During debate, the Senate rejected some controversial amendments.

Senator Ty Masterson (R-Andover) tried to include language creating an Office of Education Inspector General, which would be part of the State Treasurer’s Office.  It would have added $228,300 to the budget to pay for it.

Masterson said education takes the largest amount of dollars for the state budget, so it needs regular audits.

Masterson’s amendment failed on a vote of 12 to 27.


Legislature has one more week before break

The Kansas Legislature is scheduled to end its regular session by Friday, March 6.  This normal break usually lasts at least a little over two weeks before the veto session begins.  This year, it’s scheduled for April 26.

There has been some discussion about cutting the break short this year to continue work on school finance.  Lawmakers are facing an April 30 deadline to pass a constitutional school funding measure.  That deadline was set by the Kansas Supreme Court.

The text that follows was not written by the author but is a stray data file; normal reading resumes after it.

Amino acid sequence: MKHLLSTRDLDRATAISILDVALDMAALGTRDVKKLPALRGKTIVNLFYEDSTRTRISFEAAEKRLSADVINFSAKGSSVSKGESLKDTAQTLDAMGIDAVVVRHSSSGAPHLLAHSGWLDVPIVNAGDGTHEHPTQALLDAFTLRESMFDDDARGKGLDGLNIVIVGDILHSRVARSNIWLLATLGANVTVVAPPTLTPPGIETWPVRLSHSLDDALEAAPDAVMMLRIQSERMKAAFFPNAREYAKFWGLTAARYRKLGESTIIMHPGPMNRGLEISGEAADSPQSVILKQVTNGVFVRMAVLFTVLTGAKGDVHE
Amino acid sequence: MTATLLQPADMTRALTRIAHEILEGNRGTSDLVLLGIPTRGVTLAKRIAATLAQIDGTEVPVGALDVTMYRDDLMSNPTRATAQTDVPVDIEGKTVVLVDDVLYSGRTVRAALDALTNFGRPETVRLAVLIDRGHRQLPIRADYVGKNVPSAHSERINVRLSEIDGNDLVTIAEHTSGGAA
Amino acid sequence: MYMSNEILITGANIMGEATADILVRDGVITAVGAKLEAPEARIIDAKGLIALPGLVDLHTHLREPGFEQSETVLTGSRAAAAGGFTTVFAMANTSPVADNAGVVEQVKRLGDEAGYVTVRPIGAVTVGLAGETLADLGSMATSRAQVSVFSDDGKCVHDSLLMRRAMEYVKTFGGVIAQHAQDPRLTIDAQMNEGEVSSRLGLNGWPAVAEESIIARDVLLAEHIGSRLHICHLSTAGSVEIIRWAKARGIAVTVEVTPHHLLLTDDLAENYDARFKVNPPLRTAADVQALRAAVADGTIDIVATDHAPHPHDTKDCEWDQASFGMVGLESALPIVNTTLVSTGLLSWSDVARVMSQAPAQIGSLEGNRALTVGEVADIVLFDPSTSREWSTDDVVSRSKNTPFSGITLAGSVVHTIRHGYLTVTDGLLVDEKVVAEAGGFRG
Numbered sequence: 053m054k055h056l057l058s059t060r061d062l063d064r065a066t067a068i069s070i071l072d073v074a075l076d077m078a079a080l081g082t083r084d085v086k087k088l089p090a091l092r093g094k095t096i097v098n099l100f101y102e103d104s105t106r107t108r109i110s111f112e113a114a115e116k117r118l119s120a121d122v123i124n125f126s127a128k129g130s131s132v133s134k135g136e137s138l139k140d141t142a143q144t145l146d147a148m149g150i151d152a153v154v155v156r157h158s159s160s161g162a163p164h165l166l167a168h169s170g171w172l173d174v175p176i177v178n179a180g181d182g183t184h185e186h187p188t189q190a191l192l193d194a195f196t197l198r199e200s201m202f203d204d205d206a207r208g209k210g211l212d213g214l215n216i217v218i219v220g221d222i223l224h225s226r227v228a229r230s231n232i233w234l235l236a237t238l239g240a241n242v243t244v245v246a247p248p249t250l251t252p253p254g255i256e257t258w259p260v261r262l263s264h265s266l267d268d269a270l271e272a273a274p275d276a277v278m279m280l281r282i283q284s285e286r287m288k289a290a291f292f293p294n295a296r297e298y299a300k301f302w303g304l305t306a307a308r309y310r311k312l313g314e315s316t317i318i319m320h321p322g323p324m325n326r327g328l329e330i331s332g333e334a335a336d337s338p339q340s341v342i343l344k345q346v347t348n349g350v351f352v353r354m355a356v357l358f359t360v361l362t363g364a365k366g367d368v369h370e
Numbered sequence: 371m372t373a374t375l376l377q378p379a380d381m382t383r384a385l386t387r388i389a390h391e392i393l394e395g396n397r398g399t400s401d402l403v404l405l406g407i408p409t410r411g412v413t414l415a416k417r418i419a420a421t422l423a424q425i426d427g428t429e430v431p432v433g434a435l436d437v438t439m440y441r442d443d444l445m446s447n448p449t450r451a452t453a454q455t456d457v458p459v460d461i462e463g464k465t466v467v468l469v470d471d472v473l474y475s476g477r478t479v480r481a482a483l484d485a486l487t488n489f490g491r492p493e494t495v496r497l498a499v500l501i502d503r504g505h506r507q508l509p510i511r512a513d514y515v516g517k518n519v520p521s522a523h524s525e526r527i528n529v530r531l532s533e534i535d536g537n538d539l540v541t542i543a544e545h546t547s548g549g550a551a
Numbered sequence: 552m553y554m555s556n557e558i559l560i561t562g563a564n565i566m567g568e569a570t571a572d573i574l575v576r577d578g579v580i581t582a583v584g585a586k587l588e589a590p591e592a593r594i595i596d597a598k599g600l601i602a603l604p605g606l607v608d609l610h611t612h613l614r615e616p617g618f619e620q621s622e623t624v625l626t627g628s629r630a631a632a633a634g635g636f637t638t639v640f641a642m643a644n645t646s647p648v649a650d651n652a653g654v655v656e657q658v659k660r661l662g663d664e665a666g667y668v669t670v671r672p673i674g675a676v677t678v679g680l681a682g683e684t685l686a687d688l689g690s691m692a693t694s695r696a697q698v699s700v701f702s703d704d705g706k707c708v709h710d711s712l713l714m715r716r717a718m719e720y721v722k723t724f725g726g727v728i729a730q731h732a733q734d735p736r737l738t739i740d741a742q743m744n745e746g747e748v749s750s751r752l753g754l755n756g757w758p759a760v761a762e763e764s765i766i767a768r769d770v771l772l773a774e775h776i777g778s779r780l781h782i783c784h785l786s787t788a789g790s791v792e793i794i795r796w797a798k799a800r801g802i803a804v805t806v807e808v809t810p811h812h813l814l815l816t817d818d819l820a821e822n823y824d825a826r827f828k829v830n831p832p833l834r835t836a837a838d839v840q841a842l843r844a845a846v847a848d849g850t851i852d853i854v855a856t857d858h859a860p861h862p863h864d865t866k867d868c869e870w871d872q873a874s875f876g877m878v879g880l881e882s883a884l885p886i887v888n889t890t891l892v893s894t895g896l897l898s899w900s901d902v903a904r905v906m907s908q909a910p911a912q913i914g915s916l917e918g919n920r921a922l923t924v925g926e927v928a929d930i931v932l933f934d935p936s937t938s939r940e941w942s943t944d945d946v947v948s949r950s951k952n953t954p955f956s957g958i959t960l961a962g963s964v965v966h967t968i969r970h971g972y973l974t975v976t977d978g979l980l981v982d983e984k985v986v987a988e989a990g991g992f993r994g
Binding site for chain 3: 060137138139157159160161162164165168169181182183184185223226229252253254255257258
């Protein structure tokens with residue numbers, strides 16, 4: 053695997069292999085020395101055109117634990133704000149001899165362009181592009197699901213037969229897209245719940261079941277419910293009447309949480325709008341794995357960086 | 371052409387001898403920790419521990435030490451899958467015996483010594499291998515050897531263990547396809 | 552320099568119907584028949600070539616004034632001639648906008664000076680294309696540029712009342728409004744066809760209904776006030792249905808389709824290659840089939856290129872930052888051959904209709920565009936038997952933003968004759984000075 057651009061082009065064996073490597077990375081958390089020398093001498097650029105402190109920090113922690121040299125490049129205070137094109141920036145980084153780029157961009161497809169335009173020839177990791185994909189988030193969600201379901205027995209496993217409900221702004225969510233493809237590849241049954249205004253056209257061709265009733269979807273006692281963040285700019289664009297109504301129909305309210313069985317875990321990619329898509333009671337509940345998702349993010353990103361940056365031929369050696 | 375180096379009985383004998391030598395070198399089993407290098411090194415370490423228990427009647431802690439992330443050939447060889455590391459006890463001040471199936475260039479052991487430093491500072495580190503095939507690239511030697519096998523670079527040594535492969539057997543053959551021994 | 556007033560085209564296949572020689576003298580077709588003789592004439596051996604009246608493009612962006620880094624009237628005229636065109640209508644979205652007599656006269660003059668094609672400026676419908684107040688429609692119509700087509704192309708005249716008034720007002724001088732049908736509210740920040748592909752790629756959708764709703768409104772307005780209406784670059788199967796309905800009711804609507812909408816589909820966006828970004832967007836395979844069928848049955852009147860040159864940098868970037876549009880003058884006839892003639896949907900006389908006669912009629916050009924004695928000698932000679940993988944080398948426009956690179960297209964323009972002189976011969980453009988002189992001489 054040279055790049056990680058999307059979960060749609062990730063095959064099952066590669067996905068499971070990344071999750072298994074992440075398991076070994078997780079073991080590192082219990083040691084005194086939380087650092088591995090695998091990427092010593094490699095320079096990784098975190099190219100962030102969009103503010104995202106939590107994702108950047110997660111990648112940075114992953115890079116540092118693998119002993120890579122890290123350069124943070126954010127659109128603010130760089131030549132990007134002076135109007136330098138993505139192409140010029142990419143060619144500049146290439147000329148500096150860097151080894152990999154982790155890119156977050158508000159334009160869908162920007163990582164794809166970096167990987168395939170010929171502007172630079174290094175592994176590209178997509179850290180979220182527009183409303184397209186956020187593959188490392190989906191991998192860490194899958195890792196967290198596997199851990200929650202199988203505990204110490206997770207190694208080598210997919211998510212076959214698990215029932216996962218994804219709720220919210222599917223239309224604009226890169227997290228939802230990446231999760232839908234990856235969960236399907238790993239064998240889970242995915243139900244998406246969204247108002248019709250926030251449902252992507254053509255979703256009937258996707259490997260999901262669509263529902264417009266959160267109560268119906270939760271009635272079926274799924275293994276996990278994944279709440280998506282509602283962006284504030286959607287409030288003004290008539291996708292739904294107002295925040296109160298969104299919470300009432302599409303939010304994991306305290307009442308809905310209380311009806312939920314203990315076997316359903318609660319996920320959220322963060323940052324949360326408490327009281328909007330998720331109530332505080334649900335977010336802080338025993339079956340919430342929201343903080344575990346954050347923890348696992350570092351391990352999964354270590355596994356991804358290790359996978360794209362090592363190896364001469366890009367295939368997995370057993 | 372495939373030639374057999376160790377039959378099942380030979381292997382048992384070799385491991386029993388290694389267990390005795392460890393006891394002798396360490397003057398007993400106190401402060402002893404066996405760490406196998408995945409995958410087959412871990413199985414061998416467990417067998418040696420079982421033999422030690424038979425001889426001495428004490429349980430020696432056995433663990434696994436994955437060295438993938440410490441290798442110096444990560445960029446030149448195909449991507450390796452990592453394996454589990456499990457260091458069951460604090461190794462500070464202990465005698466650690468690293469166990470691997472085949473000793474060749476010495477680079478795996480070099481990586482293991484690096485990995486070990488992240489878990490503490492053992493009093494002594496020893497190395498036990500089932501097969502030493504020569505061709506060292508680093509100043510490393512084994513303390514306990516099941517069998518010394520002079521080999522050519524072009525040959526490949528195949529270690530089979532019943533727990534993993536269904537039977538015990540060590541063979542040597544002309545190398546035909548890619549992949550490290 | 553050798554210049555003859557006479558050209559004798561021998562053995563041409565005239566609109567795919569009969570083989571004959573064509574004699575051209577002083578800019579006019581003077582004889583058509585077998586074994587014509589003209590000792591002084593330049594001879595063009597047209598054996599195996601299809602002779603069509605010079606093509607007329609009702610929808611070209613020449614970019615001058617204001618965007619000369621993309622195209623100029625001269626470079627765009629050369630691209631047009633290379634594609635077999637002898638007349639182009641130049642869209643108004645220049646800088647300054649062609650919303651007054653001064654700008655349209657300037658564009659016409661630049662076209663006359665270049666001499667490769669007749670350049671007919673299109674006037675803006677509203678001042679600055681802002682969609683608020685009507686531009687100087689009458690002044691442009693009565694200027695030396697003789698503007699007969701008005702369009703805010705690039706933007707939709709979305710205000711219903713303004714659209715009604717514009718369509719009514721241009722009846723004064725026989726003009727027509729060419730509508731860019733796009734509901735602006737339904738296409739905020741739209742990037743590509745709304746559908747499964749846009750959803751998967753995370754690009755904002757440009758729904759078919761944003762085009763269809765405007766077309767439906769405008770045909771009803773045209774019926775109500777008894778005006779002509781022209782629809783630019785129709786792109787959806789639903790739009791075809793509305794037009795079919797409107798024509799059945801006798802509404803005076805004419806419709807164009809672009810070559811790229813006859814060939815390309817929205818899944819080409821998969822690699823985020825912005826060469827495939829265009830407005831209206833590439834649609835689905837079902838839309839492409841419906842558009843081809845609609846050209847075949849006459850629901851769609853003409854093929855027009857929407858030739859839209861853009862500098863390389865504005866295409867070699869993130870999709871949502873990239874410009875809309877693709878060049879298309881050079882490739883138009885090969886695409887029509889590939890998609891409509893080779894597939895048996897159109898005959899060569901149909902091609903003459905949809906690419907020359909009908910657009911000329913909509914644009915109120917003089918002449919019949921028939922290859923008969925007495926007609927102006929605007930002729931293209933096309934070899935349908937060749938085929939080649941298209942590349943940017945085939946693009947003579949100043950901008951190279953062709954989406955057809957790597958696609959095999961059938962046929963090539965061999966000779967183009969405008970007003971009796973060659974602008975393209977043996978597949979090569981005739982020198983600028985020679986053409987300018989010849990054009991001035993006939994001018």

Both the House and Senate have gone home for the week, choosing not to work over a three-day Easter weekend.


Budget bill becomes STAR bonds debate

Discussion of a budget bill in the Senate turned into a STAR bonds debate this week.  Senate Bill 269 eventually passed the Senate 34 to 6, but not after a lengthy debate on a couple of amendments to restrict STAR bonds, the controversial economic development program.

The program provides municipalities the ability to issue bonds to pay for the development of major commercial, entertainment, and tourism areas.  The revenue generated by the development is used to pay off the bonds.

Senator Tom Holland (D-Baldwin City) offered an amendment that would give municipalities until the end of June to have a development plan approved by the Commerce Department.  After that STAR bonds could not be used to construct new arenas, sports facilities or stadiums, including facilities to support amateur or professional sports activities.

Holland said STAR bonds have become a way to subsidize projects by certain local governments and developers.  The Senate Commerce Committee has been working on STAR bond legislation for many weeks but has been unable to agree on changes.